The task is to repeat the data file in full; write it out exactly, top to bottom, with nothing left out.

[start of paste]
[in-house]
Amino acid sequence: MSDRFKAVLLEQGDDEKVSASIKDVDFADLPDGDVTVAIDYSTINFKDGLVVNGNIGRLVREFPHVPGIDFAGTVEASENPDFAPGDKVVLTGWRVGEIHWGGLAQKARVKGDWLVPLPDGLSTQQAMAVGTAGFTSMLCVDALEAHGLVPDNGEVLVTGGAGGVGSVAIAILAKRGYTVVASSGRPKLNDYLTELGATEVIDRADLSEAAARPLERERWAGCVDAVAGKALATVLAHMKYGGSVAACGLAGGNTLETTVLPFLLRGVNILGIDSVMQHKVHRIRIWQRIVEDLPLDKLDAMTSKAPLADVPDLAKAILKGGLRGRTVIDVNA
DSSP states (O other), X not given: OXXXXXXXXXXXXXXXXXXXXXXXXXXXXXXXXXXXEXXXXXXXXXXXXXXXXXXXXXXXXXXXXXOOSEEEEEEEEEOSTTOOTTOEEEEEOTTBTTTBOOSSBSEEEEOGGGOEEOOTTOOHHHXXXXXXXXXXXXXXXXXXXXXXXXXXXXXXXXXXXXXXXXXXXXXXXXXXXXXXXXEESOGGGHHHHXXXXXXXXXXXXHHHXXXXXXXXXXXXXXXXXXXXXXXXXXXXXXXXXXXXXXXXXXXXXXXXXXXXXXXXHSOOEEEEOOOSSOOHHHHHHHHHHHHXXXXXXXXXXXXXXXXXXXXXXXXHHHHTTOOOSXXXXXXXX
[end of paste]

[in-house]
Amino acid sequence: MSDRFKAVLLEQGDDEKVSASIKDVDFADLPDGDVTVAIDYSTINFKDGLVVNGNIGRLVREFPHVPGIDFAGTVEASENPDFAPGDKVVLTGWRVGEIHWGGLAQKARVKGDWLVPLPDGLSTQQAMAVGTAGFTSMLCVDALEAHGLVPDNGEVLVTGGAGGVGSVAIAILAKRGYTVVASSGRPKLNDYLTELGATEVIDRADLSEAAARPLERERWAGCVDAVAGKALATVLAHMKYGGSVAACGLAGGNTLETTVLPFLLRGVNILGIDSVMQHKVHRIRIWQRIVEDLPLDKLDAMTSKAPLADVPDLAKAILKGGLRGRTVIDVNA
DSSP states (O other), X not given: OXXXXXXXXXXXXXXXXXXXXXXXXXXXXXXXXXXXEXXXXXXXXXXXXXXXXXXXXXXXXXXXXXOOSEEEEEEEEEOSTTOOTTOEEEEEOTTBTTTBOOSSBSEEEEOGGGOEEOOTTOOHHHXXXXXXXXXXXXXXXXXXXXXXXXXXXXXXXXXXXXXXXXXXXXXXXXXXXXXXXXEESOGGGHHHHXXXXXXXXXXXXHHHXXXXXXXXXXXXXXXXXXXXXXXXXXXXXXXXXXXXXXXXXXXXXXXXXXXXXXXXHSOOEEEEOOOSSOOHHHHHHHHHHHHXXXXXXXXXXXXXXXXXXXXXXXXHHHHTTOOOSXXXXXXXX